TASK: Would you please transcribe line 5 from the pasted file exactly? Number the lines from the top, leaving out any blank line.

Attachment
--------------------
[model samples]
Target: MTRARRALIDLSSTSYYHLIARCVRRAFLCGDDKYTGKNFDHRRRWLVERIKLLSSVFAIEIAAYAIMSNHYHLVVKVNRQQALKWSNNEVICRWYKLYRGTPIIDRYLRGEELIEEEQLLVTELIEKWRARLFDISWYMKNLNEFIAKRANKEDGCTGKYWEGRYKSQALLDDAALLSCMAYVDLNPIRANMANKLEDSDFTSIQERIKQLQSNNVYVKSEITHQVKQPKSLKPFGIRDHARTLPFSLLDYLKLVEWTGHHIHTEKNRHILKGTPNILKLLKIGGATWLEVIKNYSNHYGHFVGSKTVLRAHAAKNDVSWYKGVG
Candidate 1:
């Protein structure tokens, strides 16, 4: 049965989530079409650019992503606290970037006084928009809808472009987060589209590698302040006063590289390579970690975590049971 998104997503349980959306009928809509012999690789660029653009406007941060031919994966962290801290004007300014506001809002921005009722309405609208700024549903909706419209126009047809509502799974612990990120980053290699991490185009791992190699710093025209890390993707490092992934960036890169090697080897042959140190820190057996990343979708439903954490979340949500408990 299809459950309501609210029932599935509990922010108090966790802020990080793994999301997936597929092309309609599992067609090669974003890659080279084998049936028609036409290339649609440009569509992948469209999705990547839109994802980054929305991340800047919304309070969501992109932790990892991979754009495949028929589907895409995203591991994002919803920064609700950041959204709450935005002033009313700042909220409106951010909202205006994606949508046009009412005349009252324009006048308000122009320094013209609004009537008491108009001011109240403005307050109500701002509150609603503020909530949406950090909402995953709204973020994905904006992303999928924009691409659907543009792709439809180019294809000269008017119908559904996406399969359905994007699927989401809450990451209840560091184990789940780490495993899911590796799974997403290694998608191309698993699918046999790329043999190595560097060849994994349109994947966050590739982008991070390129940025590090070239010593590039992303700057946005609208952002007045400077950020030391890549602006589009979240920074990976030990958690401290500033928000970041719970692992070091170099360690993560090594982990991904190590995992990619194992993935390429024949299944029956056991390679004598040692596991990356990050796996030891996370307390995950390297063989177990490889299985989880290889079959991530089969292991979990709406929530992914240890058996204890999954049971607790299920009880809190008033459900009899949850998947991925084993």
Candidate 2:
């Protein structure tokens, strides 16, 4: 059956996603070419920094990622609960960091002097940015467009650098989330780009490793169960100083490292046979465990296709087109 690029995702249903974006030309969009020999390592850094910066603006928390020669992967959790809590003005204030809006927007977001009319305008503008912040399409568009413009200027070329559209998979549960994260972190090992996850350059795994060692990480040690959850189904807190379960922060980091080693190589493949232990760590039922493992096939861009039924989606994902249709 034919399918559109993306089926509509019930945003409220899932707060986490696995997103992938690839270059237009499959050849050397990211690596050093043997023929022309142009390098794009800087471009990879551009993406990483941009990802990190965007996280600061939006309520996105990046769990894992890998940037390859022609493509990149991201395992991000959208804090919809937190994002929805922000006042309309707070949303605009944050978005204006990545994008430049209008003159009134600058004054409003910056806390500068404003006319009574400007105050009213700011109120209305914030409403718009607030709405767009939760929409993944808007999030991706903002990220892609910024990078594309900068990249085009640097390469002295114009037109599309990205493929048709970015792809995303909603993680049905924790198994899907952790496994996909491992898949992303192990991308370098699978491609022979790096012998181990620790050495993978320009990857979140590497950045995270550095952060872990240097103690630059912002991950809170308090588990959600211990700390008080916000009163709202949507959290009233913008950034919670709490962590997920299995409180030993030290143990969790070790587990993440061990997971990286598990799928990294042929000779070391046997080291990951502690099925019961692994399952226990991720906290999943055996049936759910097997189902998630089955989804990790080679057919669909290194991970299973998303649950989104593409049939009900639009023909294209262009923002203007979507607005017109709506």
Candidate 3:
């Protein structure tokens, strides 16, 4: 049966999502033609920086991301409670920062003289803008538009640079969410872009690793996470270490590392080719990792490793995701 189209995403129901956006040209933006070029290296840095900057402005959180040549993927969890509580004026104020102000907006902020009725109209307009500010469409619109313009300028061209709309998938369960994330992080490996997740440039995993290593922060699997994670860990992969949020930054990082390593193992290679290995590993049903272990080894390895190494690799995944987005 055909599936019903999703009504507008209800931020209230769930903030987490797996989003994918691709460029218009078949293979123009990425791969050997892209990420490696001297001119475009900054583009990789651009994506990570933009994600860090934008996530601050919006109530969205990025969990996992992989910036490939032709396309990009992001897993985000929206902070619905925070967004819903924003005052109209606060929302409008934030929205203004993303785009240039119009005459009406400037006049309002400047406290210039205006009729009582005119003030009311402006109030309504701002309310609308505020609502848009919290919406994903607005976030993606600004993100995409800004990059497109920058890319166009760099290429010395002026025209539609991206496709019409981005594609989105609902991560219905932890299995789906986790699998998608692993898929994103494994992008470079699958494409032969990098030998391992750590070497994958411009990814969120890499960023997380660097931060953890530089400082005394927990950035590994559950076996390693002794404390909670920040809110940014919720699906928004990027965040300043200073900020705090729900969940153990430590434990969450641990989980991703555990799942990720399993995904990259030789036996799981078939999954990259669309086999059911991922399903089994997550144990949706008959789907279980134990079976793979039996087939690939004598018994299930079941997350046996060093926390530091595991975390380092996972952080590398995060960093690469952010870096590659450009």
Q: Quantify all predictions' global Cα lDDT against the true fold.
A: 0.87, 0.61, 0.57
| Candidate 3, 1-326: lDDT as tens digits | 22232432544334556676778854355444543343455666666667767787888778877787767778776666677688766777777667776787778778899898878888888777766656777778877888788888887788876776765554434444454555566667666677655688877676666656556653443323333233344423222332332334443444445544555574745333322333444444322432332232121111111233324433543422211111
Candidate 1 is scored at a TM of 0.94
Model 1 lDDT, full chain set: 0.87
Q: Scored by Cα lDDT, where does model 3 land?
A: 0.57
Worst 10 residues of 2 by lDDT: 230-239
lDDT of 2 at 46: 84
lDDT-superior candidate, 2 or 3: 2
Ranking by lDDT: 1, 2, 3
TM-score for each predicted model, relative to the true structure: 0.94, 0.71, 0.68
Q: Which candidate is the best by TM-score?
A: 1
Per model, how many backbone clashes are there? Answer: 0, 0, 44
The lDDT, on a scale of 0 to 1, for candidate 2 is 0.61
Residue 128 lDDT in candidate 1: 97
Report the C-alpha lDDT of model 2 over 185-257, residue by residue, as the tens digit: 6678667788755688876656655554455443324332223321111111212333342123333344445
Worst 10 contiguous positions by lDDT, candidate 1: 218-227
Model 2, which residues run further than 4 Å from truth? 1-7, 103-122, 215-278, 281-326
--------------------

Candidate 2: